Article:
- Alberton Acquisition Corporation has announced a merger with SolarMax Technology, Inc., a solar panel engineering, procurement, and construction service.
- SolarMax Technology, Inc. has installed more than 12,000 systems in the US and the largest US-based solar developer in China today.
- Each warrant is exercisable for one-half of one ordinary share.
- Each right receives one-tenth of one ordinary share at the merger.
- At today's price, buy the rights, not the warrants.
I would like to present an argument on why investors should buy the rights and not the warrants to Alberton Acquisition Corporation (NASDAQ:ALAC). As this piece is directed to those already invested in the firm, I will offer a short introduction to the merger and focus on an investment strategy.
On Oct. 28, 2020, Alberton Acquisition Corporation entered into a merger agreement with SolarMax Technology, Inc. Alberton Acquisition Corporation shares have a value of $300 million. After the merger, they will be listed on the Nasdaq under the ticker SMXT.
The Target Firm
SolarMax Technology, Inc. is a solar panel engineering, procurement, and construction (EPC) service firm, founded in 2008. Each project consists of a custom design and installation completed by the firm, assuring that each specification meets company standards. They have recently expanded into electric car charging and offer in-house financing to customers.
They design and assemble solar panels in their 165,000 square foot facility in Riverside, California. They have already installed more than 12,000 systems. In 2015, they expanded into the Chinese market through the expansion of antipollution programs, becoming the largest US-based solar developer in China today. They launched their FLEX Energy Storage Systems in 2016, which doubled the energy storage capacity of their previous system. They primarily operate solar farms in China and sell solar energy systems in the US.
Operating since 2008, they have increased revenue annually. SolarMax Technology, Inc. retained $57 million in sales for the 12 months ending on September 30, 2019. I am bullish on the firm. They have been in the industry for more than a decade and aggressively grown their project portfolio annually. Information on the recent financials has yet to be released and an investor presentation is not publicly available. I expect their business to benefit from the Biden administration. The promo video can be found here.
Alberton Acquisition Corporation created 11,500,000 Units (including over-allotment) at the offering on October 2, 2018. An additional 500,000 units were created for the representative. Warrants were added to the offering later that month. Each unit is composed of one ordinary share, one warrant, and one right. After the merger, the rights will increase the share count by 1,150,000 shares + 50,000 shares for the representative. Warrants will increase the share count by 6,000,000 if exercised.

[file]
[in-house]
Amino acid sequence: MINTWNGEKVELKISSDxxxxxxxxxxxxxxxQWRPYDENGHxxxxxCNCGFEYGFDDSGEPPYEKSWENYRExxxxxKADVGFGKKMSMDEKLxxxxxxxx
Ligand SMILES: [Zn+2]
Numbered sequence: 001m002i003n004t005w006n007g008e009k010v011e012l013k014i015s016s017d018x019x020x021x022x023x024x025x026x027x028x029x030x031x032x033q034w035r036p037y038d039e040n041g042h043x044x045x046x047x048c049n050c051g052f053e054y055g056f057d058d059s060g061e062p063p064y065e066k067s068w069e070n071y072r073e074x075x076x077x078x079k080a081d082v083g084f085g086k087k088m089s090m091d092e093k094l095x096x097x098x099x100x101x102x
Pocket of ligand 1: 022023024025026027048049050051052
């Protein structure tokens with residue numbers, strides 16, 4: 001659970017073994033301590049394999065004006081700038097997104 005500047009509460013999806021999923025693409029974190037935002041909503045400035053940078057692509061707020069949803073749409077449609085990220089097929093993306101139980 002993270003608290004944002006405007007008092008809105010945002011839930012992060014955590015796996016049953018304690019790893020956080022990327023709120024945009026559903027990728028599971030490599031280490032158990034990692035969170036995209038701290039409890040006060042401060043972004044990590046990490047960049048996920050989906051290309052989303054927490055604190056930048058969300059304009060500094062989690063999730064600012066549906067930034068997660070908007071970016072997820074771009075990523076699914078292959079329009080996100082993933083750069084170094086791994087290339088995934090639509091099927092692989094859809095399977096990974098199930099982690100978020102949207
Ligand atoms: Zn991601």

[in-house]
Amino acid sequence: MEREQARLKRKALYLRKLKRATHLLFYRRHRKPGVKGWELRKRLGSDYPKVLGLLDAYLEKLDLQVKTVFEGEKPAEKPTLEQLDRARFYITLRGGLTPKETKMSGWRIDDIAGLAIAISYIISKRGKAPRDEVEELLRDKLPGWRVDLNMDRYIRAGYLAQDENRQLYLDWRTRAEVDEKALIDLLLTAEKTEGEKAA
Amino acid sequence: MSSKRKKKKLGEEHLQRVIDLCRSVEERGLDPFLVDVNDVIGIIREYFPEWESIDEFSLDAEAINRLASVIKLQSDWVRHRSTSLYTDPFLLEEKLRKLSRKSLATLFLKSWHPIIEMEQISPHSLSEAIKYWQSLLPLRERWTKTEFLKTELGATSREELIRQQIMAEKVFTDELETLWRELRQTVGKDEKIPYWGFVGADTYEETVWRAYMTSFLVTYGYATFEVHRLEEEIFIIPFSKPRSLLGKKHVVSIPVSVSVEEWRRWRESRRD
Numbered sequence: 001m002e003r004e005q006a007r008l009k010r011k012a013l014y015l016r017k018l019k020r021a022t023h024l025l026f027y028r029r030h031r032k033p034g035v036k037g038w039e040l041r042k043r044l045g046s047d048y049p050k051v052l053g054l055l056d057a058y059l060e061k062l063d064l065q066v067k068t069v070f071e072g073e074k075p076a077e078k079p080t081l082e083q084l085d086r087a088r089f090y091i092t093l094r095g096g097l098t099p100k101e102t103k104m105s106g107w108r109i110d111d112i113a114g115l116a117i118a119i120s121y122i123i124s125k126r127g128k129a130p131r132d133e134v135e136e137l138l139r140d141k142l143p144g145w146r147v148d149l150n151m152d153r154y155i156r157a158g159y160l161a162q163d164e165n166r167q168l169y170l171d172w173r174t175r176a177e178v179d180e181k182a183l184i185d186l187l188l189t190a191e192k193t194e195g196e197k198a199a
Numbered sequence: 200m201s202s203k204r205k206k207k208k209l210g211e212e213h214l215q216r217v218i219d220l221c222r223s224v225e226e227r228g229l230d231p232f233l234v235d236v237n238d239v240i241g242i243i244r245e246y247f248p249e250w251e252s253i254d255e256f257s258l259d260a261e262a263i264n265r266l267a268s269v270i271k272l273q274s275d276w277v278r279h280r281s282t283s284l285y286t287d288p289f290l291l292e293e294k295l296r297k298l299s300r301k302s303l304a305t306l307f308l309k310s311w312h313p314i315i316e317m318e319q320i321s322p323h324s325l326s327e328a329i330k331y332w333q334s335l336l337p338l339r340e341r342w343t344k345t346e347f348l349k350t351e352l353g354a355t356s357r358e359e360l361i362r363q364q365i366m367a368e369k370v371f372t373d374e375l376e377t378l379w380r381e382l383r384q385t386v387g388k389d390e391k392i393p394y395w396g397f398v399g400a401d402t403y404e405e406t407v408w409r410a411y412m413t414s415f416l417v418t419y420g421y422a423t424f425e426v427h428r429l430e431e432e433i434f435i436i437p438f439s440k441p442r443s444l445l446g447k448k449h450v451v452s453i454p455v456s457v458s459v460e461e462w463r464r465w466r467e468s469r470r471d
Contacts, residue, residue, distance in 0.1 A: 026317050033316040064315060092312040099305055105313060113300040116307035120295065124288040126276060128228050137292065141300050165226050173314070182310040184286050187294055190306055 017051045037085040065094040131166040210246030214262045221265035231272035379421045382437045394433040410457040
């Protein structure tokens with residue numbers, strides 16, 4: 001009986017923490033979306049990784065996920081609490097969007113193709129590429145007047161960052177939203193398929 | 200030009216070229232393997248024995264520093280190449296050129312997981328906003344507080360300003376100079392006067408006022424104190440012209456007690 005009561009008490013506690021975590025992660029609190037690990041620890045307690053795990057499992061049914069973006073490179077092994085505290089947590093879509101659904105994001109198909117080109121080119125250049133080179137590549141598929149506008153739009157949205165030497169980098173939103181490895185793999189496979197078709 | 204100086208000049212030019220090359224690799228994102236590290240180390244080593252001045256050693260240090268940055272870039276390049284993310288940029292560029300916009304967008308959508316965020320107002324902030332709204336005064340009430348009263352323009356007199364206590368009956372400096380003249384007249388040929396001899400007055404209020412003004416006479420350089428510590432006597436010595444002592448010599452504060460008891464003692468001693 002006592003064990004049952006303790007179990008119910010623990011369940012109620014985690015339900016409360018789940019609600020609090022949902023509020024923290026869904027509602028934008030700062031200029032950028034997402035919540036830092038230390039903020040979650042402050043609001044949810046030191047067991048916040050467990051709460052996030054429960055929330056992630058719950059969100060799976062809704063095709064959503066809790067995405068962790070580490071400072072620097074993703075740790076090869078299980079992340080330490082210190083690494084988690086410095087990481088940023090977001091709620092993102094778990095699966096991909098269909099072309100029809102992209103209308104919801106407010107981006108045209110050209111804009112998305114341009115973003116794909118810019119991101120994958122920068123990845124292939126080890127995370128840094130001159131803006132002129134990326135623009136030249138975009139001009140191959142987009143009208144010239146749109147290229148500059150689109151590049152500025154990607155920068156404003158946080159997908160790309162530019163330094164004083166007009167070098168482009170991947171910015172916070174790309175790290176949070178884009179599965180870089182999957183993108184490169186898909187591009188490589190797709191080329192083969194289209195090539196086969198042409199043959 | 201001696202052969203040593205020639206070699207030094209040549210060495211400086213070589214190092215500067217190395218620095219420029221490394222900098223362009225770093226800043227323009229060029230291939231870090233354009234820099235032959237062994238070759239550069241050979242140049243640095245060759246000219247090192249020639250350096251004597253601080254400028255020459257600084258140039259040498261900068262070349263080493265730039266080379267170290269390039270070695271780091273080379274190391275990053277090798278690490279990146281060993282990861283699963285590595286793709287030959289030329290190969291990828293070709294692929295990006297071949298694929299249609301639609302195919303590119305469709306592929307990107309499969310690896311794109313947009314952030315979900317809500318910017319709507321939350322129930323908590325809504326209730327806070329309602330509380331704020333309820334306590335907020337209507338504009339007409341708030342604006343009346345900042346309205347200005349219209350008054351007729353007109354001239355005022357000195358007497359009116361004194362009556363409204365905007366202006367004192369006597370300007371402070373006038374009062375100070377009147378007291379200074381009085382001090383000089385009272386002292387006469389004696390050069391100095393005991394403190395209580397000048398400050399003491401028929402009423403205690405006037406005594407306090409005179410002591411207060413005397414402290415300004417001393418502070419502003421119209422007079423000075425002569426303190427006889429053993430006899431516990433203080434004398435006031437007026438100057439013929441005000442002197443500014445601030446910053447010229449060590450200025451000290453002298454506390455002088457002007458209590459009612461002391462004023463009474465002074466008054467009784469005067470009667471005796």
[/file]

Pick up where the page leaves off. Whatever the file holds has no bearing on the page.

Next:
Each warrant (NASDAQ:ALACW) entitles the holder to purchase one-half of one Ordinary Share at a price of $11.50 per full share during the period commencing on the later of the closing of a Business Combination (as defined below), and terminating on the fifth (5th) anniversary of the closing of an initial Business Combination. The call to redemption will be exercised by the firm when the share price has been at least $16.00 for 20 trading days within a 30 trading day period. Warrant holders will have 30 days to convert their shares.
First I will give you today's price (2/1/21) then I will run numbers on the two options.
- Ordinary Shares: $13.40
- Rights: $0.80
- Warrants $1.20
I am making the assumption that if you are reading this article you are already bullish on the firm and believe the merger will go through. The failure to complete the merger prices both the warrant and the right at $0. Both financial instruments offer the same risk concerning the merger. Therefore, discussing whether the merger will be successful is irrelevant to this argument.
If the merger fails the ordinary shares go back to $10. This put option makes the investment in the shares less risky than either the warrant or the rights.
For a base case, I will assume the shares reach the target price of $16 for 20 days, forcing the conversion of the warrants.
The total price per share with the rights is 10 times $0.80 for a total of $8 dollars. That is a 100% upside from today's price ($8 to $16 target price). If the price remains stays around $13 then buying the rights today offers a 62.5% return if the merger completes and the ordinary share price remains the same. I would expect that a 10% dilution would put downward pressure on the price.
The total price per share with the warrants is 2 times $1.20 plus $11.50 for a total of $13.90. That is an upside of ~15% ($13.90 to $16 target price) . If the price remains around $13, then the ~15% return is pushed into the future. If one considers the time value of money, the 15% return becomes less valuable over time. If the price reaches $16, not only has the additional rights been redeemed diluting the share count, an additional 6,000,000 shares will increase dilution putting downward pressure on the price.
Let's assume that an investor wants to take a small position of $1200.